High-Resolution Topography along Surface Rupture of the 16 October 1999 Hector Mine, California, Earthquake (M_w 7.1) from Airborne Laser Swath Mapping
In order to document surface rupture associated with the Hector Mine earthquake, in particular, the area of maximum slip and the deformed surface of Lavic Lake playa, we acquired high-resolution data using relatively new topographic-mapping methods. We performed a raster-laser scan of the main surface breaks along the entire rupture zone, as well as along an unruptured portion of the Bullion fault. The image of the ground surface produced by this method is highly detailed, comparable to that obtained when geologists make particularly detailed site maps for geomorphic or paleoseismic studies. In this case, however, for the first time after a surface-rupturing earthquake, the detailed mapping is along the entire fault zone rather than being confined to selected sites. These data are geodetically referenced, using the Global Positioning System, thus enabling more accurate mapping of the rupture traces. In addition, digital photographs taken along the same flight lines can be overlaid onto the precise topographic data, improving terrain visualization. We demonstrate the potential of these techniques for measuring fault-slip vectors.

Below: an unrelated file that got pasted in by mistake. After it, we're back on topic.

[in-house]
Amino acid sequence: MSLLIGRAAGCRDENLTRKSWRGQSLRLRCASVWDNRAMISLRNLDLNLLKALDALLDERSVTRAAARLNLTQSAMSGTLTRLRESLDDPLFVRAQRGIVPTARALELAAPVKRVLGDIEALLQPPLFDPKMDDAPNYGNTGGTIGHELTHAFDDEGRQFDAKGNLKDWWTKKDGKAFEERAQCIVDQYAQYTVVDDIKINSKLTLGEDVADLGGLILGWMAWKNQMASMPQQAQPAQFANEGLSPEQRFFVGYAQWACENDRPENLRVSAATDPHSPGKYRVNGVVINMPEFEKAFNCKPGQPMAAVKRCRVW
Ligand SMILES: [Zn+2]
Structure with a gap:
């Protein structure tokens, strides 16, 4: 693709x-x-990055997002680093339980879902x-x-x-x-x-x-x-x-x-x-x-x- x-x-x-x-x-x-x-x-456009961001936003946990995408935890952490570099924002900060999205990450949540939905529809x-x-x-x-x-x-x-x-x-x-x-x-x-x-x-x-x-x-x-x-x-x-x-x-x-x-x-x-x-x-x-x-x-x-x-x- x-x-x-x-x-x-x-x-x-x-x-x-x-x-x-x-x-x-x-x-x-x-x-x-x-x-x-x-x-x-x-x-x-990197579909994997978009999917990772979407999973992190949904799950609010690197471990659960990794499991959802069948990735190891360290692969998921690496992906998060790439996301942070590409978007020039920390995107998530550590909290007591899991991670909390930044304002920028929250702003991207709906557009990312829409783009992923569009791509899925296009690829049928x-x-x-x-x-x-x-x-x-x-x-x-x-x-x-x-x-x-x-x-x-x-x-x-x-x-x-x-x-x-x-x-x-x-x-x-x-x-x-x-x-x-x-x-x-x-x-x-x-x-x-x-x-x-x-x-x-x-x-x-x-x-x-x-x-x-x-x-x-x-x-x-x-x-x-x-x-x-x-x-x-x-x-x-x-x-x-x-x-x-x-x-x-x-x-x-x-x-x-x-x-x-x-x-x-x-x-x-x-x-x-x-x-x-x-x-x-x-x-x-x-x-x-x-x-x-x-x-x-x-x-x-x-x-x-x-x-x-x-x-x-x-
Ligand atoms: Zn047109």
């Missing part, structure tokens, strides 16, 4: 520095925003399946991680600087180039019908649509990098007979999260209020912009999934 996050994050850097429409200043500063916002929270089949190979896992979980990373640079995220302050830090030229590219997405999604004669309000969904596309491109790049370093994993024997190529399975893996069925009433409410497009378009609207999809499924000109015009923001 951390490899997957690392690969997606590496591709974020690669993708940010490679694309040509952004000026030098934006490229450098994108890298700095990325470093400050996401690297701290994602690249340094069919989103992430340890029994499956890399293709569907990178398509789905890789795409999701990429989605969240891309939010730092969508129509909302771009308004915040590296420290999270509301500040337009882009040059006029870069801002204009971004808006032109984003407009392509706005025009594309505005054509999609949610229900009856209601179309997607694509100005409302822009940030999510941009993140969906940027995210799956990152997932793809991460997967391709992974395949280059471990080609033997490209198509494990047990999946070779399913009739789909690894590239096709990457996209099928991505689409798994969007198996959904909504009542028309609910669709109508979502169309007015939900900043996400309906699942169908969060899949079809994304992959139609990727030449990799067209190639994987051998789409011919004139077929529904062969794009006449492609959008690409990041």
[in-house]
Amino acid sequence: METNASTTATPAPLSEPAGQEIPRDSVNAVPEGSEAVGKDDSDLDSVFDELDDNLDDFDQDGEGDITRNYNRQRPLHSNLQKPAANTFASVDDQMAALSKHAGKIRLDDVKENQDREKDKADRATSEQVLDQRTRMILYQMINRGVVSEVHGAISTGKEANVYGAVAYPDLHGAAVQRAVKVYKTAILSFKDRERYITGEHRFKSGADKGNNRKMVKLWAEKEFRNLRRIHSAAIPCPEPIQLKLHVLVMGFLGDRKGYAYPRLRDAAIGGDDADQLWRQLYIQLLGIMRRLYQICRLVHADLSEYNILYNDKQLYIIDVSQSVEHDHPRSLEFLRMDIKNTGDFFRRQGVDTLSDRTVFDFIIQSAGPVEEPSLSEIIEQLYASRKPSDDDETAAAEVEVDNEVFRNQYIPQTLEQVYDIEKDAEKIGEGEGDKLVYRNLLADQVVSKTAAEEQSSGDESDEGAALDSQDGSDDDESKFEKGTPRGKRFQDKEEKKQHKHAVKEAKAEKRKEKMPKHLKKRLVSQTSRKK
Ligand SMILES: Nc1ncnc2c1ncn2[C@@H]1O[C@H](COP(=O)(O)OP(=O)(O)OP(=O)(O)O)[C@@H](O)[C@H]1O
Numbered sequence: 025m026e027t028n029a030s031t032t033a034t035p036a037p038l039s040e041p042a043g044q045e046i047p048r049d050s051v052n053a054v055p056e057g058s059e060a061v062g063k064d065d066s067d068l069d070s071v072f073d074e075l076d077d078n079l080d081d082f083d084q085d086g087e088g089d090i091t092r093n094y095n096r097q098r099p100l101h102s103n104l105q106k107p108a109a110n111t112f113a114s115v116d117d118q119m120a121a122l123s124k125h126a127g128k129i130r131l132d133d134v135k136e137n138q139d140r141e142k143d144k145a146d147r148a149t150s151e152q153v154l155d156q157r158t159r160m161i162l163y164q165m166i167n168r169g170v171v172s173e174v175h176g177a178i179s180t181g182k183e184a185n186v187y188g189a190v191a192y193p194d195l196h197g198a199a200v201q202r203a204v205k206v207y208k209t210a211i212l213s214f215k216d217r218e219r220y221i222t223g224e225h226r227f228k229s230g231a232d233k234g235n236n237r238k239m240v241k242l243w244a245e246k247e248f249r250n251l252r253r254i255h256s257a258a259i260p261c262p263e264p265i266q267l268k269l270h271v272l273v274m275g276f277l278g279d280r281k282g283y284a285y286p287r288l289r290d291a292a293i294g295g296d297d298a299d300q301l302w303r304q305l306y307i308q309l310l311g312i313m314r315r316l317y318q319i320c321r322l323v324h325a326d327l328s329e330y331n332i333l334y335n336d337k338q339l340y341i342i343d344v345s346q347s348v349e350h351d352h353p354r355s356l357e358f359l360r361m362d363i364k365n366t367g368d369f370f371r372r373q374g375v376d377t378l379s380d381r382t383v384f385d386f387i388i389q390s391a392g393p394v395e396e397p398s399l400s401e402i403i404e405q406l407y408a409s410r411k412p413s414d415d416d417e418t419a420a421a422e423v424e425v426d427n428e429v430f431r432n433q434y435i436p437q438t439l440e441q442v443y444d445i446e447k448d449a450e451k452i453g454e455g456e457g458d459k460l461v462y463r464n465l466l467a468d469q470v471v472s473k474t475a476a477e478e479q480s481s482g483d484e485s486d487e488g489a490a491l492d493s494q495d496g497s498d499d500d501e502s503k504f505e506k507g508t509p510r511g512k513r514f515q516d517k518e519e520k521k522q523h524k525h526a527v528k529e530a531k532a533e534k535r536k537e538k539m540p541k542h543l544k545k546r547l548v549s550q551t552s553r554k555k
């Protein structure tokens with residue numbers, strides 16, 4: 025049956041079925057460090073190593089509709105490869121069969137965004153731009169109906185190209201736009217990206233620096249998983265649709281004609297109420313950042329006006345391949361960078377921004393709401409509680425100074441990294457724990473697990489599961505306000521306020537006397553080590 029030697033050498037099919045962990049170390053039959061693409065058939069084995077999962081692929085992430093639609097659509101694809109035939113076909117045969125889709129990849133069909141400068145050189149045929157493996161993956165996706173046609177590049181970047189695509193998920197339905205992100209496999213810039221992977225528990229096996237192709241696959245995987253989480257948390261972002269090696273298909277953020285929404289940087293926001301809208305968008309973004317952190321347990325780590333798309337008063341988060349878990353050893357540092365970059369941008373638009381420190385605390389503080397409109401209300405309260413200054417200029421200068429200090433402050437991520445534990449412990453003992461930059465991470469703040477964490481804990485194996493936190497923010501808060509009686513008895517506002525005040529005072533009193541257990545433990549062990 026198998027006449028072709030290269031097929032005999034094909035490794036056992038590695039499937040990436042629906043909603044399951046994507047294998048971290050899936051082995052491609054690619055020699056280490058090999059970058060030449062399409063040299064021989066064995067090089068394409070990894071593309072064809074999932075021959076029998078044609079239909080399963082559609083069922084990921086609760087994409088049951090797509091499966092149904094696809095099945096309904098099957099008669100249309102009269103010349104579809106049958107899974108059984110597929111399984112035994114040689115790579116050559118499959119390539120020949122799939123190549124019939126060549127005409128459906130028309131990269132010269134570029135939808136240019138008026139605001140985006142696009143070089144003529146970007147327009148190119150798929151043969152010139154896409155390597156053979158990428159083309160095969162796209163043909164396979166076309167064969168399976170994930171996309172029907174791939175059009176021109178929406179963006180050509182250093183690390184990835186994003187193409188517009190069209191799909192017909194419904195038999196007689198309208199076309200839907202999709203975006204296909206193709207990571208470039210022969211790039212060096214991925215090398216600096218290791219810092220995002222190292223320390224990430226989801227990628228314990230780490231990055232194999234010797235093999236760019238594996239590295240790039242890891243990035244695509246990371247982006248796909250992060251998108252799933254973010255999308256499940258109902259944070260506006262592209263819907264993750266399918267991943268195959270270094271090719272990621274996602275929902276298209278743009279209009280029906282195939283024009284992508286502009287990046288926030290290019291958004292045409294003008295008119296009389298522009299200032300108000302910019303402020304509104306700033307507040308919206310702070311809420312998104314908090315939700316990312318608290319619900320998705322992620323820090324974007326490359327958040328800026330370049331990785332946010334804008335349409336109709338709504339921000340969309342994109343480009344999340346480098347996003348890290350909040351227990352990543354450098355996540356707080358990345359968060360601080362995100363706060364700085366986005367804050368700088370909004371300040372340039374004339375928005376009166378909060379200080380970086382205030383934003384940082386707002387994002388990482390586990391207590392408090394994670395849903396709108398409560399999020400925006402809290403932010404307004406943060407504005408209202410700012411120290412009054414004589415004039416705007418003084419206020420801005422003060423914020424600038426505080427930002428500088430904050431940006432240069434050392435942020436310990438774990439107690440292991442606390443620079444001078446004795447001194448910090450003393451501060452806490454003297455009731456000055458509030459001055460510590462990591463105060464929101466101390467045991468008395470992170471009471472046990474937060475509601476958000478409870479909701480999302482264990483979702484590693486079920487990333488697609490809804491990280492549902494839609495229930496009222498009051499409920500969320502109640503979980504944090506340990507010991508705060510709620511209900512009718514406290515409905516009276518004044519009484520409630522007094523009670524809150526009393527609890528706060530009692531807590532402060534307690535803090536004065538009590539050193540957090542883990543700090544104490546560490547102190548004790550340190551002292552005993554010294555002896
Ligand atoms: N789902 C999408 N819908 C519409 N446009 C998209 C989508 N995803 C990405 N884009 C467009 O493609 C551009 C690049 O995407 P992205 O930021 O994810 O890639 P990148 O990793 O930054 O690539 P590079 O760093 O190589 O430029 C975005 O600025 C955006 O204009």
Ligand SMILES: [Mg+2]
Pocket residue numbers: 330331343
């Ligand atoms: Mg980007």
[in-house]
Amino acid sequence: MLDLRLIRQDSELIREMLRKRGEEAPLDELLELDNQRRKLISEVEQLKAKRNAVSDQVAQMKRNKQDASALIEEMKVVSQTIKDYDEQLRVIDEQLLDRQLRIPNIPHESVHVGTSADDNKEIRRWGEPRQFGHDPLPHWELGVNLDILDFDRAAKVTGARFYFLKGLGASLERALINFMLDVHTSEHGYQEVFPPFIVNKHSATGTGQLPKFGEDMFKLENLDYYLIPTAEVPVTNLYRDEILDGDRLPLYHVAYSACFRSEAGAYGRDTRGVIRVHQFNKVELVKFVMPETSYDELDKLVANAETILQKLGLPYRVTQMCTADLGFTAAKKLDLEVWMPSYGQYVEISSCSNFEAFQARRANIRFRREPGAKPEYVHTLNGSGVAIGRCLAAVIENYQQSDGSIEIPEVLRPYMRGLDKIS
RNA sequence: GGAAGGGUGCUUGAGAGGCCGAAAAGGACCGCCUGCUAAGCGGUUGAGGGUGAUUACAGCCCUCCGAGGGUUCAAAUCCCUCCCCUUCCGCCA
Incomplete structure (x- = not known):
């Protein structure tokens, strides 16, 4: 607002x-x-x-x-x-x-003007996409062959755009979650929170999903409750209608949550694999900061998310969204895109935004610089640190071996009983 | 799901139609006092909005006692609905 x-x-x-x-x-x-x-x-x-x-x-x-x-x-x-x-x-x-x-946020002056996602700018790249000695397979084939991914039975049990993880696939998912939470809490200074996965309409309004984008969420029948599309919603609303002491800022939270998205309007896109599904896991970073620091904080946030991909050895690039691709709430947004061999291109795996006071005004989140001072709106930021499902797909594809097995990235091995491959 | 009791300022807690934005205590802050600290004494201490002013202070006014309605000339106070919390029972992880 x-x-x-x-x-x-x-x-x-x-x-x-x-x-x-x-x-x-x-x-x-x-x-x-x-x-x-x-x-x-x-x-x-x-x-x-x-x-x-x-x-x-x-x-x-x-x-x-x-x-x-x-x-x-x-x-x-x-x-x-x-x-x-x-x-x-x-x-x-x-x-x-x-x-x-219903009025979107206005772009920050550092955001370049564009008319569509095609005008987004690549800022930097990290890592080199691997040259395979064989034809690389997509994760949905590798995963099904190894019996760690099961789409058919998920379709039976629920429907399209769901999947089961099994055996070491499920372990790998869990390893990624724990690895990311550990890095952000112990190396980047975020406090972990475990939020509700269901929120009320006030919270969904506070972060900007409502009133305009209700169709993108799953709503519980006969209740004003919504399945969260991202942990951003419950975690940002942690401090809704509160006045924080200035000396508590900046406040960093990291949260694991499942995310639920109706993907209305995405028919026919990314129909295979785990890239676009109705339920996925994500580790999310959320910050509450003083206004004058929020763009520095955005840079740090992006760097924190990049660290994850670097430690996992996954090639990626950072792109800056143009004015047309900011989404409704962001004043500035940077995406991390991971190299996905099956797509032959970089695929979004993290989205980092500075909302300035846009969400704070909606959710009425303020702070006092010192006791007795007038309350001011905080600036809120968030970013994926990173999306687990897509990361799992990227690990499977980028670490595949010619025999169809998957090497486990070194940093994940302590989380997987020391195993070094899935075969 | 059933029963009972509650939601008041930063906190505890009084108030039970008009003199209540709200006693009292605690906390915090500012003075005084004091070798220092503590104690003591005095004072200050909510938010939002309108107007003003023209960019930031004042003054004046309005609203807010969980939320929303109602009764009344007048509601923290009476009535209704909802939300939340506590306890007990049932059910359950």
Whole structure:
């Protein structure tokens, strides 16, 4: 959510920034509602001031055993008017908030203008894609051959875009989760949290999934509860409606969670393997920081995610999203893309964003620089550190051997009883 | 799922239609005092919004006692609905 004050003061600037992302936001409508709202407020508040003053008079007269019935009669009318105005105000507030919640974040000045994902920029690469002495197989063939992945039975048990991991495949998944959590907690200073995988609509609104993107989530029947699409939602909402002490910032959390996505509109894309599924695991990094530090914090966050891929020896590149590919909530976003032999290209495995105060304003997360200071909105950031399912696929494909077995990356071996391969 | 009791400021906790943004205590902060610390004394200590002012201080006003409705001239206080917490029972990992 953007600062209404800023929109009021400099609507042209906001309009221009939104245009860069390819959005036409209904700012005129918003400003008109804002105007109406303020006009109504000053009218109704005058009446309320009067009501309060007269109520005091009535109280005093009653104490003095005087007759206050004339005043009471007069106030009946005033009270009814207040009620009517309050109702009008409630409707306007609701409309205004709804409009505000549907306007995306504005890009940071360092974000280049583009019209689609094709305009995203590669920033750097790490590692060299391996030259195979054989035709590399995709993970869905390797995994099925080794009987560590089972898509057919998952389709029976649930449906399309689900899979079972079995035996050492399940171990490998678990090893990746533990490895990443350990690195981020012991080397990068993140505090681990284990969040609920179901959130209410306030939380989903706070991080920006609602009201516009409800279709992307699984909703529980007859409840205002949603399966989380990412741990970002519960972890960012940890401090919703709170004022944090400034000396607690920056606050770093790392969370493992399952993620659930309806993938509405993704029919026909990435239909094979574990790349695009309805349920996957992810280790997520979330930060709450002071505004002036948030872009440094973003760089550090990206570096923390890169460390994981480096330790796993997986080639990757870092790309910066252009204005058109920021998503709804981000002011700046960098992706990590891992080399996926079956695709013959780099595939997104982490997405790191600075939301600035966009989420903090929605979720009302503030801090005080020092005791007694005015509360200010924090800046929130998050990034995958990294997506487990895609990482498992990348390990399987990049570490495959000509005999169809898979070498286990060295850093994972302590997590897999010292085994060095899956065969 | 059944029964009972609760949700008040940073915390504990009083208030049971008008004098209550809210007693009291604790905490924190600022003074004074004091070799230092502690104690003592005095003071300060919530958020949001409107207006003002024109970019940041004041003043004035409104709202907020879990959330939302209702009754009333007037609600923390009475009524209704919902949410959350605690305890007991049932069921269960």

Additional Information© 2002 Seismological Society of America. Manuscript received 5 March 2002. Without the permission and support of the U.S. Marine Corps Air Ground Combat Center in Twentynine Palms, California, we would not have been able to conduct this study. In particular, we thank Lt. Col. James J. Tabak for his support. Also, W. Karl Gross of the USGS, as liaison with the Marine Corps, provided invaluable assistance with field and aircraft logistics. Bill Krabill provided advice on methods and calibration experiments and has since collected additional data along these flight lines for use in future comparative analyses. We also appreciate the support of Analytical Photogrammetric Services for providing the digital photogrammetric map of the Rheox Hector Mine area, along with the raw data for the gridded elevation data that we used in evaluating the accuracy of this method. Rheox, Inc., allowed us access to their mine to conduct control surveys and carry out other GPS surveys for our calibrations. The SCIGN and its sponsors, the W. M. Keck Foundation, National Aeronautics and Space Administration, National Science Foundation (NSF), and USGS, provided support in the collection of high-sampling-rate GPS data from the nearby SCIGN stations. For these SCIGN data that we used in aircraft positioning, we especially thank John Galetzka, Aris Aspiotes, Keith Stark, and Shannon van Wyk, all at the USGS–SCIGN group in Pasadena. We are also grateful to Jim Dow and others from Aerotec, LLC, for ensuring the success of this project. Reviews by Katherine Kendrick, Greg Anderson, Mark Simons, and Michael Rymer improved this manuscript. This research was funded by the USGS, the Institute of Geophysics and Planetary Physics of the University of California, and the Southern California Earthquake Center (SCEC). SCEC is funded by NSF Cooperative Agreement EAR-8920136 and USGS Cooperative Agreements 14-08-0001-A0899 and 1434-HQ-97AG01718. The SCEC contribution number for this article is 637.
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